By Andreas Weber, innovation expert and print analyst from the Gutenberg City of Mainz
Reading Time: 5 minutes
- The medium print does not have any problem today and in the future. Moreover, it is not in any crisis caused by others.
- There is nearly no other sector that presents itself in the public eye so awkwardly and badly as the printing sector.
- Print buyers highly appreciate good counseling and contemporary, proactive market communication specifically on the topic of how printed materials can be designed particularly effective, appealing and interactive. However, this type of service is in short supply.
The good old Johannes Gutenberg has tossed and turned in his grave for ages. While in 2000, the American business elite elected him “Man of the Millennium” and Silicon Valley called him the innovator of modern times (digital pope, Jeff Jarvis, dedicated the book “Gutenberg the Geek” to him), the printer guilt has denied and practically mothballed him.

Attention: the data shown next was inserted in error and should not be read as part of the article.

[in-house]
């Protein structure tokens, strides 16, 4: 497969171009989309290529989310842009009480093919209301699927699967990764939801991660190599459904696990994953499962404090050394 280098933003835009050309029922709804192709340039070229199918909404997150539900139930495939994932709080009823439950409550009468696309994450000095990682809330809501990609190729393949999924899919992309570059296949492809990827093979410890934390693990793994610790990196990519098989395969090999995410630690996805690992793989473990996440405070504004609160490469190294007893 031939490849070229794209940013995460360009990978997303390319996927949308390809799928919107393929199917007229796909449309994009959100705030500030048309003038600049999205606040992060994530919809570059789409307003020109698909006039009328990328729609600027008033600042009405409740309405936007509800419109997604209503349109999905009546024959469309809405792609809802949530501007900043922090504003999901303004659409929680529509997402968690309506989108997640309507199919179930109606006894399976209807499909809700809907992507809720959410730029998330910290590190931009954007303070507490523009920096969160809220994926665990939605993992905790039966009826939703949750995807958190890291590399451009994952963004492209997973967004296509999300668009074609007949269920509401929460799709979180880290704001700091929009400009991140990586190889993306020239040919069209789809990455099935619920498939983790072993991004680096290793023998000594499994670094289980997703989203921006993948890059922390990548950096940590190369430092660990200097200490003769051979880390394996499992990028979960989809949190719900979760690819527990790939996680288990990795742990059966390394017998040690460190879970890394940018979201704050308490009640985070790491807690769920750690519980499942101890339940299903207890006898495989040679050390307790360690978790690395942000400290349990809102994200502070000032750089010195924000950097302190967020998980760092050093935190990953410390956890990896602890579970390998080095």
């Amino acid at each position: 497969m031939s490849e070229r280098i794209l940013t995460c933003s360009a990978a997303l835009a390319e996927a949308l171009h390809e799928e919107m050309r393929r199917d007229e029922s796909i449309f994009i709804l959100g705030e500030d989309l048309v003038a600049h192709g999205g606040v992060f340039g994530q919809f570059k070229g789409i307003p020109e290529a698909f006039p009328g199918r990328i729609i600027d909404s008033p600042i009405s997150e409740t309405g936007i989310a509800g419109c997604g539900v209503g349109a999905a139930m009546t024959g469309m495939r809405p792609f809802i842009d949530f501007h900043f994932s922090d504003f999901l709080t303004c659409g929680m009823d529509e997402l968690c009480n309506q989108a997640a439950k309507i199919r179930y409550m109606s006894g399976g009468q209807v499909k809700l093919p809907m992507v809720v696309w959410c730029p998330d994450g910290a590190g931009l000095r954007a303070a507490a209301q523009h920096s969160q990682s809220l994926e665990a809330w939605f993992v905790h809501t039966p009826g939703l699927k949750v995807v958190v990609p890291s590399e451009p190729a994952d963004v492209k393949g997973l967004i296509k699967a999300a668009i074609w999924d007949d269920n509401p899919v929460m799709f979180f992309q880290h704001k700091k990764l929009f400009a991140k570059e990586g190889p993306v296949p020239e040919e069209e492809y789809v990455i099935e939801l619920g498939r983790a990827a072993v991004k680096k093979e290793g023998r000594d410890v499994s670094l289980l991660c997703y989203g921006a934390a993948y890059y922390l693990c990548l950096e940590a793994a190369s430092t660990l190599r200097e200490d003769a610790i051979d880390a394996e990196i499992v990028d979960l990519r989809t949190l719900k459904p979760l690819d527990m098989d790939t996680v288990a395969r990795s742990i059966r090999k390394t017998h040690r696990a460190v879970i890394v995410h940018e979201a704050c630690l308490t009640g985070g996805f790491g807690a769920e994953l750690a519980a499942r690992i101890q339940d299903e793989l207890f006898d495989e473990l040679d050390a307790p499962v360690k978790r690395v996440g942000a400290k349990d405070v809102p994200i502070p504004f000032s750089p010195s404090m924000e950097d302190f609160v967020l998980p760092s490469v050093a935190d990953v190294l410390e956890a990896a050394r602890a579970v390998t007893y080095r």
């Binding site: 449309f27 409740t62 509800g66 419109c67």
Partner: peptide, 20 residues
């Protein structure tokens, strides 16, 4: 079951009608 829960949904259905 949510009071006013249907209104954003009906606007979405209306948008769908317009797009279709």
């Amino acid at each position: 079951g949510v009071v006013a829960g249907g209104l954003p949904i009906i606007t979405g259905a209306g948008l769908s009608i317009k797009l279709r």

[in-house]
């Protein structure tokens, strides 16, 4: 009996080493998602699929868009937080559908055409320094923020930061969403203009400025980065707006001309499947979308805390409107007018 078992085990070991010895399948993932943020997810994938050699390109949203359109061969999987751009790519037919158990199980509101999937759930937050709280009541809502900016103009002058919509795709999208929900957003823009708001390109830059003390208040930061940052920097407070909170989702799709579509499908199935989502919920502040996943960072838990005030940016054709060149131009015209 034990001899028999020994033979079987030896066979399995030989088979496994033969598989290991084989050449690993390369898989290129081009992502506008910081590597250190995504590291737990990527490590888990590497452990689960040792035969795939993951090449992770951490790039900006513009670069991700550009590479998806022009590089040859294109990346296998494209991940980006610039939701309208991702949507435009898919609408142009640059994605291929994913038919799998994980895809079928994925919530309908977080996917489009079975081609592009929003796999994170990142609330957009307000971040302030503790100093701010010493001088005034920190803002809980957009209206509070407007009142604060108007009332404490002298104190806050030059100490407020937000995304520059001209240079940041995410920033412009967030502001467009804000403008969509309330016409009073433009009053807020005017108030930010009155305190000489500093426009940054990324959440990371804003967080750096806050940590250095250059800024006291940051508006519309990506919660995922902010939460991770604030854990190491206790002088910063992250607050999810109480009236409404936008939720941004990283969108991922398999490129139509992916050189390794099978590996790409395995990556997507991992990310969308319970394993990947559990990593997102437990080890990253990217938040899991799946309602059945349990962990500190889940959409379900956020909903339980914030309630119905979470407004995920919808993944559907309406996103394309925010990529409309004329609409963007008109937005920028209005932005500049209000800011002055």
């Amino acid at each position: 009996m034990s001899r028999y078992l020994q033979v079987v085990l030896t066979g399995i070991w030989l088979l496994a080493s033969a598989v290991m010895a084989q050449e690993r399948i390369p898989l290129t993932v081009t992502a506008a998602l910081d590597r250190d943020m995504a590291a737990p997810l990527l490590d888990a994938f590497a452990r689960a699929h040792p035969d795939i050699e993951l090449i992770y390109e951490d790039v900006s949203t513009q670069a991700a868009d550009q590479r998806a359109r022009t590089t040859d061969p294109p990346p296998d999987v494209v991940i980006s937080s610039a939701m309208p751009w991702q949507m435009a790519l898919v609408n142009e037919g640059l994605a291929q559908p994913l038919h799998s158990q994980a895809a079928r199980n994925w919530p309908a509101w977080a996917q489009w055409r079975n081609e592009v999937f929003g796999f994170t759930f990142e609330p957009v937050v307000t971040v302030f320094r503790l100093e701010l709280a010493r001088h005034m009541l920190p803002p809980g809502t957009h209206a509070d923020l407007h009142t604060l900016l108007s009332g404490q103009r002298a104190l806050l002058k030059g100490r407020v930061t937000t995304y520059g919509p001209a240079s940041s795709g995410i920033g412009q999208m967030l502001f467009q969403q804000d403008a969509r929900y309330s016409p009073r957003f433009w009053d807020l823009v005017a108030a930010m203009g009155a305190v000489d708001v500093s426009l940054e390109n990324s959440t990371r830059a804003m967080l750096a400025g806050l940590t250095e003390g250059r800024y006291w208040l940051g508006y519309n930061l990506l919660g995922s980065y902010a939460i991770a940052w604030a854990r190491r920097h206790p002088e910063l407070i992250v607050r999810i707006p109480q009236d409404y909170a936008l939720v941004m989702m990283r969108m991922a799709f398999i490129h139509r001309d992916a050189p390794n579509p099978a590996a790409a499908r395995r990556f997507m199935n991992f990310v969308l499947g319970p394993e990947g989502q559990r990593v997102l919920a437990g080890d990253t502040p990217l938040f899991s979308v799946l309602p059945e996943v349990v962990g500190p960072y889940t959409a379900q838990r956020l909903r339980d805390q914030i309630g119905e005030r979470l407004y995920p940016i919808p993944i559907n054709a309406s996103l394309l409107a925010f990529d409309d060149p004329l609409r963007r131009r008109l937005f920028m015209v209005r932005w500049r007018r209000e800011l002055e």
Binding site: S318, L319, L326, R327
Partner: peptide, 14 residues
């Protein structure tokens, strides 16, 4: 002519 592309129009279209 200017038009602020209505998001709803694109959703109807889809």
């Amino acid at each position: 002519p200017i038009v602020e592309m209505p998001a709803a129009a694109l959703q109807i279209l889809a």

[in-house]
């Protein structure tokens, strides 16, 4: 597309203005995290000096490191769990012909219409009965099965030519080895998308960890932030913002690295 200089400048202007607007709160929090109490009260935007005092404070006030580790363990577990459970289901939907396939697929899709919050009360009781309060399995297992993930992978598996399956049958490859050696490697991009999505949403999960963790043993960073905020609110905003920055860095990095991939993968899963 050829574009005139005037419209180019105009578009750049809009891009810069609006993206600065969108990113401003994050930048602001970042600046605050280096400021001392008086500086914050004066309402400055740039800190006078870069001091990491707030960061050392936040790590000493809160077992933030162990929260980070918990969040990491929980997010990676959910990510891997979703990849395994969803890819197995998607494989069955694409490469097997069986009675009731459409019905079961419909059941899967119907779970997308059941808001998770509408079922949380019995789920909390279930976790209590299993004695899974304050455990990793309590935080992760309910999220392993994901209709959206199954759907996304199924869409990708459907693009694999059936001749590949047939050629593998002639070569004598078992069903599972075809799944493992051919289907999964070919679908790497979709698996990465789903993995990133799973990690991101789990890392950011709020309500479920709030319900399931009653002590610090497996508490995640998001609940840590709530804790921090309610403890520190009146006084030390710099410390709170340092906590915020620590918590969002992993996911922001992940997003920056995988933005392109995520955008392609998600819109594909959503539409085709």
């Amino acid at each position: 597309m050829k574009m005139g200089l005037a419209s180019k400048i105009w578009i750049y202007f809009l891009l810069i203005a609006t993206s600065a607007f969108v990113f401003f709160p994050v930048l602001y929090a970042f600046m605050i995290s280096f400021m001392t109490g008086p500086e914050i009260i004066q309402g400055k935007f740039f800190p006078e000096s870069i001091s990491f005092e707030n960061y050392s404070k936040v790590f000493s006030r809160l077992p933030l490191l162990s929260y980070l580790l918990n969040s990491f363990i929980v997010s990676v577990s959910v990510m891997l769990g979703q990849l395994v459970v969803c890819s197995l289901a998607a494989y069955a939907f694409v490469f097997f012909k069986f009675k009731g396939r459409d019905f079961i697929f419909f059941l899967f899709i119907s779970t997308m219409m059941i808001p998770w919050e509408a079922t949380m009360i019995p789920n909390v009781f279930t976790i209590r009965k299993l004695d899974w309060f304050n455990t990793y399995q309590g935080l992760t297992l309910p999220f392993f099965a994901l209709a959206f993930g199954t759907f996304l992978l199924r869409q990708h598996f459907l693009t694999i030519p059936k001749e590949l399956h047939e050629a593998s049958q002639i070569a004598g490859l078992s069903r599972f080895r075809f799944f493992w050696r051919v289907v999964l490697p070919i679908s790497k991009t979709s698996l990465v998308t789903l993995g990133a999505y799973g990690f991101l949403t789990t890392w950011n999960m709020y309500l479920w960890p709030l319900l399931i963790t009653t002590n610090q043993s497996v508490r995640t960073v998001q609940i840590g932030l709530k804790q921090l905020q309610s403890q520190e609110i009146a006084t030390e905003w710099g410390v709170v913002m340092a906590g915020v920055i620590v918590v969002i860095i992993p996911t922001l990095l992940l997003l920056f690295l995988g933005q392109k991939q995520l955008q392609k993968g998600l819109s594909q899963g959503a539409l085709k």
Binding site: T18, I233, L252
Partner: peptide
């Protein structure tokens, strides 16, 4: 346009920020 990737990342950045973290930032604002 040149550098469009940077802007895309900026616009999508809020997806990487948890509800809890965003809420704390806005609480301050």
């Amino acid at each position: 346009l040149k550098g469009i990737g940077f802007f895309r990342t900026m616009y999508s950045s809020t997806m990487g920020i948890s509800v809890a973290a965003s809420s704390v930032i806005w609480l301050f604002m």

Printing has nearly joined the rank of “non-words”. Despite the fact that worldwide hundreds of thousands of companies still make their money by producing printed materials. Many in the commercial printing business are looking to describe their work and what they offer new: whether it is media production respective marketing service provider or cross-media service provider, they increasingly try to avoid being associated with the term “print”.
Is this necessary? No! — Therefore, it is the goal to deal with the subject matter of “print” in any form other than it has been dealt with for the past 15 years.